General Motors Co. said Wednesday it will pay a $1 million civil penalty as part of a settlement with the U.S. Securities and Exchange Commission related to the regulator’s investigation into the automaker’s ignition switch recall.
The Detroit automaker said it is consenting to an administrative cease and desist order with the SEC and is doing so without admitting or denying wrongdoing. The company said the settlement with the SEC “does not call into question any of GM’s current or prior financial statements or its disclosures. Also, no material weakness or significant deficiency was found by the SEC.”
The SEC found that GM violated part of the Securities Exchange Act that requires stock issuers to have sufficient internal accounting controls. The regulator said deficit accounting controls kept the company from properly and timely determining if the defective ignition switches would potentially impact GM’s financial statements.
“Internal accounting controls at General Motors failed to consider relevant accounting guidance when it came to considering disclosure of potential vehicle recalls,” Andrew M. Calamari, director of the SEC’s New York Regional Office, said in a statement. “Proper consideration of loss contingencies and assessment of the need for disclosure are vital to the preparation of financial statements that conform with Generally Accepted Accounting Principles.”
The SEC said that accounting guidance requires companies to assess when a likely recall could occur and to estimate a loss, or provide a statement that it can’t make an estimate. The SEC found GM’s internal investigation into the ignition switch determined warranty group accountants did not learn of the faulty switches on older cars until November 2013, even though other GM personnel knew of the safety issue in spring 2012. And thus, accountants for at least 18 months “did not properly evaluate the likelihood of a recall occurring or the potential losses resulting from a recall of cars with the defective ignition switch,” the SEC said.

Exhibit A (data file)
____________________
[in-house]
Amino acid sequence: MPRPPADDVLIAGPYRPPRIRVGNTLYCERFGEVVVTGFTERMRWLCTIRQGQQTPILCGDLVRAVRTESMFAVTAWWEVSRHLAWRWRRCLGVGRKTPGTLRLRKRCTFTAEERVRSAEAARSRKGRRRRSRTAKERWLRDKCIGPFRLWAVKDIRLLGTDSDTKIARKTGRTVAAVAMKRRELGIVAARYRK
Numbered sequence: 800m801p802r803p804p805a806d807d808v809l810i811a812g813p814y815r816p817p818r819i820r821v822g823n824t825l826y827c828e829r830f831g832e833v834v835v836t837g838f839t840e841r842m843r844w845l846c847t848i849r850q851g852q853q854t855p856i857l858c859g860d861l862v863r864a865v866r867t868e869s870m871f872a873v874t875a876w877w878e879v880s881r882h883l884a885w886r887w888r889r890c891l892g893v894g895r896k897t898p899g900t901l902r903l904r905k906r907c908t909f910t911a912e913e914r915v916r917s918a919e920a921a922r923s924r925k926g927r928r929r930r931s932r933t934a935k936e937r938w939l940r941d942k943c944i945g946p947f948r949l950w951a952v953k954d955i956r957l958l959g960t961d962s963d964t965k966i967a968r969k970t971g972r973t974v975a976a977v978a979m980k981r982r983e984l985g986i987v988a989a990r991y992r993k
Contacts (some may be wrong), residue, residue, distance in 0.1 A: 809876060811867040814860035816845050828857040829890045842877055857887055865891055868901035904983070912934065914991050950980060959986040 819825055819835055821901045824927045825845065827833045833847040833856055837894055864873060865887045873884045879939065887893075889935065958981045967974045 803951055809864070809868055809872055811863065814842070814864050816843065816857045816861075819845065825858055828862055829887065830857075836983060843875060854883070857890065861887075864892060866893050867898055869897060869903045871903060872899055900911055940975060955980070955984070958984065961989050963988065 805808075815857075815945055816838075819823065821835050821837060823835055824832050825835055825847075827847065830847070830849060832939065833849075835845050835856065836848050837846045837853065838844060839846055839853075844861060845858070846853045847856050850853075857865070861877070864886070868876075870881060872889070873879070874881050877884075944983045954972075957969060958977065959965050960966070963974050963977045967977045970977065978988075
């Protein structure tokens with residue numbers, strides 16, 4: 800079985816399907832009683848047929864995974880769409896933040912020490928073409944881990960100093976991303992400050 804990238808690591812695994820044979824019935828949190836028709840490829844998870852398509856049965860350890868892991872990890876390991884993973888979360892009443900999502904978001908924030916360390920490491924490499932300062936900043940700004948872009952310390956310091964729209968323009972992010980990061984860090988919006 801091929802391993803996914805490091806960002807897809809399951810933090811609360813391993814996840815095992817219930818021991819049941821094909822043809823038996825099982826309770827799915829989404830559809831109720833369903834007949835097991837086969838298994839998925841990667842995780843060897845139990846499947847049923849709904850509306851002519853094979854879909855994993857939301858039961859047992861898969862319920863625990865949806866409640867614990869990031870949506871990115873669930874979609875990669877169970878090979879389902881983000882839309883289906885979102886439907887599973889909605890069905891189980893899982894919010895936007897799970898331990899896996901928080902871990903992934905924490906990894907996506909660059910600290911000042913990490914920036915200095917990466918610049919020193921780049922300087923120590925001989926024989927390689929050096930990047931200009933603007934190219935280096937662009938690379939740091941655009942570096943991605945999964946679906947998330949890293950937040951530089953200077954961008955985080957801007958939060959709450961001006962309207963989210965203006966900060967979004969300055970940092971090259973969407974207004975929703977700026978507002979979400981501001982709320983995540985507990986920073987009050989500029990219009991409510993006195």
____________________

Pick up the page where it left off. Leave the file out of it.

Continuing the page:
GM in early 2014 recalled nearly 2.6 million older cars for faulty ignition switches that could slip out of the “run” position, preventing the air bags from deploying in crashes. The company knew of the defect for years but did not recall the cars for more than a decade.
The faulty ignition switches ultimately were tied to 124 deaths and hundreds of injuries.
The ignition switch crisis has cost GM more than $2 billion to date. The automaker paid $900 million to the Justice Department in a settlement reached in September 2015 following an investigation over the delayed recall. In spring 2014, GM admitted it broke the law and paid a $35 million civil penalty to the National Highway Traffic Safety Administration. It also has settled several lawsuits and spent nearly $600 million to compensate victims and their families.
It also entered into an up to three-year consent agreement with NHTSA and has made significant safety changes inside the company, including reorganizing vehicle engineering for more transparency and accountability and creating a new global vehicle safety organization. GM also changed its processes for investigating and deciding to recall vehicles and as part of that, the SEC says information must be provided to GM’s warranty group accountants earlier.
GM also has a federal monitor as part of its deferred prosecution settlement with the Justice Department.
The company likely faces more fines and settlements related to the ignition switch defect. It still faces investigations by 50 state attorneys general and Transport Canada and faces numerous lawsuits.
GM’s stock closed Wednesday at $37.47, up 16 cents.